The historic village of Higham is located between Gravesend and Rochester in Kent and is notable for a number of reasons.
Local Celebrity No. 1
One of the highlights on a visit to Higham is undoubtedly the Church of St Mary, which was the original parish church and is now being managed by the Churches Conservation Trust. Although no longer used for worship, the church is open to the public every day of the week and boasts some wonderful medieval woodwork and carvings as well as one of the oldest pulpits in Kent, dating back to the 14th century, when Higham still had a priory dedicated to St Mary, which originally stood on land that had been granted to King Stephen’s daughter Mary.
Local Celebrity No. 2
The other highlight for visitors is the Larkin Memorial, which was erected in 1835 to commemorate Charles Larkin (1775 – 1833), who was an auctioneer from Rochester and a promoter of parliamentary reforms. It is thanks to Charles Larkin’s efforts that eventually every householder with a property worth more than £10 annual rental value got the right to vote.
Local Celebrity No. 3
Another reformer of sorts, none other than Charles Dickens himself, is forever linked with Higham, as Gad’s Hill in Higham was once his family home. The famous writer purchased the Gad’s Hill property in 1856 and lived there until his death in 1870. His former home is now a private school.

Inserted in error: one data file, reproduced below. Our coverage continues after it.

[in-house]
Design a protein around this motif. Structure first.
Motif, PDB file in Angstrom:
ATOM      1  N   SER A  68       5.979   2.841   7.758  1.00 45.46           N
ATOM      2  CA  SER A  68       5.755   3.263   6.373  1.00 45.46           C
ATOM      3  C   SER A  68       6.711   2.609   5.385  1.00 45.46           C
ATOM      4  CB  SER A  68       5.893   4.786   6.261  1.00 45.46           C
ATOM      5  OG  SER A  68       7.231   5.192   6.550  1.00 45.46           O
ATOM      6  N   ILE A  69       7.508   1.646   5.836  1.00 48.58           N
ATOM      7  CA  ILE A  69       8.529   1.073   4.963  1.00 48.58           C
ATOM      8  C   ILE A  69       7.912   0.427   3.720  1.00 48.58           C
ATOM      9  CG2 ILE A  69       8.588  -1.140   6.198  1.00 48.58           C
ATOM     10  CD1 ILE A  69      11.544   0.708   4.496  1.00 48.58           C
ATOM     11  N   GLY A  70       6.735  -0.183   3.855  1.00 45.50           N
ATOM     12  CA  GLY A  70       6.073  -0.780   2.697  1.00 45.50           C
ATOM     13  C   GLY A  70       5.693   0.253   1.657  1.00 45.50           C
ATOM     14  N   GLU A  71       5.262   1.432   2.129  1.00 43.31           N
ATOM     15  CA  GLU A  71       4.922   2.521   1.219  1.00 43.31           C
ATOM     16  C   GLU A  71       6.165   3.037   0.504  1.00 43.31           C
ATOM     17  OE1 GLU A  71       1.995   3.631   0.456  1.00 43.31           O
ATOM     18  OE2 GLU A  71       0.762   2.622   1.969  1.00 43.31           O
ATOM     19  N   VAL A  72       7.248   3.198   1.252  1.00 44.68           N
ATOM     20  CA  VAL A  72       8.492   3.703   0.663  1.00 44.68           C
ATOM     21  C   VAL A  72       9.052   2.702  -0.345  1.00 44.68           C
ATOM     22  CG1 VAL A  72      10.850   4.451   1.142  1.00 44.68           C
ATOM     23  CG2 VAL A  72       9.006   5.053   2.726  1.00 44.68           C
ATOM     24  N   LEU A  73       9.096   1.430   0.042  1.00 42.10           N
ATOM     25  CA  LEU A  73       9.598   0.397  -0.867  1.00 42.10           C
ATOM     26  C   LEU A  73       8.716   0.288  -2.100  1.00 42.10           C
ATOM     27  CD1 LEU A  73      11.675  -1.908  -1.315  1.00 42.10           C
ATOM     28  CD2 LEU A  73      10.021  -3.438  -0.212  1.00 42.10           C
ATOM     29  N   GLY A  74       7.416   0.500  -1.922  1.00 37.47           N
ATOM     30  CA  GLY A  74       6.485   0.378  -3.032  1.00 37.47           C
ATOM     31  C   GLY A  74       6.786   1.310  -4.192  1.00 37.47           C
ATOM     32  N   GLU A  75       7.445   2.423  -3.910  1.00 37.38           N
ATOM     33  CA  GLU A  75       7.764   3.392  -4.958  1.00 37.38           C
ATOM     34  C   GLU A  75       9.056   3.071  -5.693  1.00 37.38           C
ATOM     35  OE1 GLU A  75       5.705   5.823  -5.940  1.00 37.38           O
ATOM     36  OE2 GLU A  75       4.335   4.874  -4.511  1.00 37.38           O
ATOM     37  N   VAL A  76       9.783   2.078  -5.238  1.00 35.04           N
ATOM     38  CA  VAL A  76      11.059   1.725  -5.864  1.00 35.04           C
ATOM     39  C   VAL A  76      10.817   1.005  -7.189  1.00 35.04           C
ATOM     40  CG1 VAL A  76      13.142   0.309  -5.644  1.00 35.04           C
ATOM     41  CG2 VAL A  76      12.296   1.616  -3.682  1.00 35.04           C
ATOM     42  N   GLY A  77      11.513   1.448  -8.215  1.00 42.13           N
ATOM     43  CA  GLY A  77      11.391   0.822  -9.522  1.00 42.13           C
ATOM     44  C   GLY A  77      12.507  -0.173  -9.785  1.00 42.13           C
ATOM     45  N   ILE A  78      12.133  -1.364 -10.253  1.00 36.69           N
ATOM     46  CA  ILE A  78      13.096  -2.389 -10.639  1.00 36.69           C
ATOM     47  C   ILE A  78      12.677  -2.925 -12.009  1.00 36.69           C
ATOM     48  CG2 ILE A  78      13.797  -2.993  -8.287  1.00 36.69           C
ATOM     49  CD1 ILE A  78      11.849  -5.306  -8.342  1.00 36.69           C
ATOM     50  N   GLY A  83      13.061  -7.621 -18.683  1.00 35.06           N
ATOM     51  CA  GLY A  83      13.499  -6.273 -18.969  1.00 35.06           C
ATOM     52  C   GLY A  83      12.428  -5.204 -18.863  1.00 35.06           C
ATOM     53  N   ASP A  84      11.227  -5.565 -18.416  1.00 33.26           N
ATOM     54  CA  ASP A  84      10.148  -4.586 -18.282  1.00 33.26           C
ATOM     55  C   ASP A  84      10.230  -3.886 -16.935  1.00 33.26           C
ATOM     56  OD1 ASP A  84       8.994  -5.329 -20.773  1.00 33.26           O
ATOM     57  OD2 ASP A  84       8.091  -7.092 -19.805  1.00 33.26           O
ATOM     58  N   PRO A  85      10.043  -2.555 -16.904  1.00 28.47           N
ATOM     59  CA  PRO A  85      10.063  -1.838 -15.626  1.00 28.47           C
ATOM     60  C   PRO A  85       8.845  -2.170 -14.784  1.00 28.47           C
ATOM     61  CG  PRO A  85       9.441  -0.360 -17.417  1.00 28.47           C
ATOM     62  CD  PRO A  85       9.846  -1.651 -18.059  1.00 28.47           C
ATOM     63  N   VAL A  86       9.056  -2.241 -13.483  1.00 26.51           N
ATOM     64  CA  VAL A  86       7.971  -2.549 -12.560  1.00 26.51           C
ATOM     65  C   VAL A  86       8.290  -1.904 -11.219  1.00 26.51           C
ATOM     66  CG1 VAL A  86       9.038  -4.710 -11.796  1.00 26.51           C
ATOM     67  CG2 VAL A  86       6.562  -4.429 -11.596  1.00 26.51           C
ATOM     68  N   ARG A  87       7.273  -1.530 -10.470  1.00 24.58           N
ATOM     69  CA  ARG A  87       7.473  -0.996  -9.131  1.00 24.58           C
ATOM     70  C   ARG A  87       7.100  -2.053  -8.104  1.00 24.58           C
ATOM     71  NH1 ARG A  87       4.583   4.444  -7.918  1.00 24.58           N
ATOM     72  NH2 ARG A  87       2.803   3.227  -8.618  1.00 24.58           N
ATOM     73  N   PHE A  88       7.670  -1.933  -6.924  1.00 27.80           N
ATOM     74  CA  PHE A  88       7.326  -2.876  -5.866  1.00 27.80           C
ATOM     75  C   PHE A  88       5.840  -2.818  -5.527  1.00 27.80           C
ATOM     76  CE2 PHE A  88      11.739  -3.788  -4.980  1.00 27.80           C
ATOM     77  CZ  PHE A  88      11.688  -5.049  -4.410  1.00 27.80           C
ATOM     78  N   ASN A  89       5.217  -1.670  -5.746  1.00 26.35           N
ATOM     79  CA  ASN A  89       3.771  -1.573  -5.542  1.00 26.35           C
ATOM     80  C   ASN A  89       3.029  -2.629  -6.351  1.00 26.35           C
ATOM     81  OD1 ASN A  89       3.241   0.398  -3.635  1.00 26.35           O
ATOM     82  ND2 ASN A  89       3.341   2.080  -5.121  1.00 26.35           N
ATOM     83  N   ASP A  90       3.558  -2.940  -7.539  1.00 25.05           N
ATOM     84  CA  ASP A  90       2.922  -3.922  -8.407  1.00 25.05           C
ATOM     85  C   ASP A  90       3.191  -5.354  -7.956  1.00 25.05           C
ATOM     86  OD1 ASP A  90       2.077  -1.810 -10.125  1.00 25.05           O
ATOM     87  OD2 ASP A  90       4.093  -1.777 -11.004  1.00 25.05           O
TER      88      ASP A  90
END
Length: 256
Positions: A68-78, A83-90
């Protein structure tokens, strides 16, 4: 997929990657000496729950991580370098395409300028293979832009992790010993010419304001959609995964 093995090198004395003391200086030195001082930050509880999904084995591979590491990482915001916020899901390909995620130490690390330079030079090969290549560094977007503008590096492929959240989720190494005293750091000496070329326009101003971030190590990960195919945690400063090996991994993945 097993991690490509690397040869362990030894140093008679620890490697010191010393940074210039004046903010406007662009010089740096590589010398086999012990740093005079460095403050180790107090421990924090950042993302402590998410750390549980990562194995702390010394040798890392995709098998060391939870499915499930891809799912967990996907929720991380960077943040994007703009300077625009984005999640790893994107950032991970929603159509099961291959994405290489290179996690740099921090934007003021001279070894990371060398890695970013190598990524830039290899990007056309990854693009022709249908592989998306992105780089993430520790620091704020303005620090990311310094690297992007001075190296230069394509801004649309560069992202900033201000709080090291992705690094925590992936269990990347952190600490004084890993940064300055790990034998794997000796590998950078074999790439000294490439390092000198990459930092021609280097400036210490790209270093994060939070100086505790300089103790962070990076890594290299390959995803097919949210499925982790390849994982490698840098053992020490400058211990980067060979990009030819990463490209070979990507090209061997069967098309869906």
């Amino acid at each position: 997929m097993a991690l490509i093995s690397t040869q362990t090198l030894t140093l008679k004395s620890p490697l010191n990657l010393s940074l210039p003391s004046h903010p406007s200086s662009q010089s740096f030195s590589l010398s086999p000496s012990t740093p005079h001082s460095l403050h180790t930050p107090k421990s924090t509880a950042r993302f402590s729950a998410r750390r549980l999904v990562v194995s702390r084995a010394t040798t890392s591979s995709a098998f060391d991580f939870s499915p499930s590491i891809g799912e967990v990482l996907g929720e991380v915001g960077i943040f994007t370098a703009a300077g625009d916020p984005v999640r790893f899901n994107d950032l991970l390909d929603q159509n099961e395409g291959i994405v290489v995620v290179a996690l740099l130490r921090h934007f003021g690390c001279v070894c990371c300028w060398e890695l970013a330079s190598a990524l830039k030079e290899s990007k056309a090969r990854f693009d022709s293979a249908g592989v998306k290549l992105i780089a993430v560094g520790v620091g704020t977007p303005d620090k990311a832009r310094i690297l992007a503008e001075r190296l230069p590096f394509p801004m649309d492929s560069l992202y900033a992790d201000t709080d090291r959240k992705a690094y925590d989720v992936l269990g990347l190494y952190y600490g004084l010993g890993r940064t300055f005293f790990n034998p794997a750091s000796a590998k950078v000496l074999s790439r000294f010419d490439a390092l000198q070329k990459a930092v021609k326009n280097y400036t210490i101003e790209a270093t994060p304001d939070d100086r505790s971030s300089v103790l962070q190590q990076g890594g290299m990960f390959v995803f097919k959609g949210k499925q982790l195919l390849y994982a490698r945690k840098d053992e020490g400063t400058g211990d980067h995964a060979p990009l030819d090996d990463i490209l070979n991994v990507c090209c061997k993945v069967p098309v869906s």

The village is surrounded by marshland, which featured prominently in Dickens’ novel “Great Expectations” and has attracted tourists ever since, who follow the walking trails and imagine themselves in Pip’s footsteps. The marshes and wetland habitat around Higham is teaming with wildfowl and wonderful plants.
Trouble on the Trains
For commuters who regularly use the North Kent Line from Higham Station, it is not the marshes that pose a threat, it is the natural landscape, which features a great deal of chalk instead of soil. In 2004, a series of roof falls in a chalk tunnel along the North Kent railway line forced the authorities to close the tunnel until the necessary repairs could be carried out. The closure caused weeks of misery for commuters, who admit when asked, that safety must come first but grumbled nonetheless at the time.
What could be more frightening than being on a train that travels through a tunnel at speed, when suddenly parts of the roof collapse? If you were the victim of an accident involving public transport operators’ negligence, you can make an accident injury claim in Higham and expect to be compensated for your pain and suffering.
Where can you make an accident injury claim in Higham?
Simply call Accident Advice Helpline on 0800 689 0500 or 0333 500 0993 and speak to an advisor, who can allocate your accident injury claim in Higham to one of our in-house lawyers. We work on a no-win, no-fee basis, which allow claimants to start their claims without having to pay anything upfront for legal fees. If you want to make an accident injury claim in Higham, call us today.
Date Published: 2nd October 2013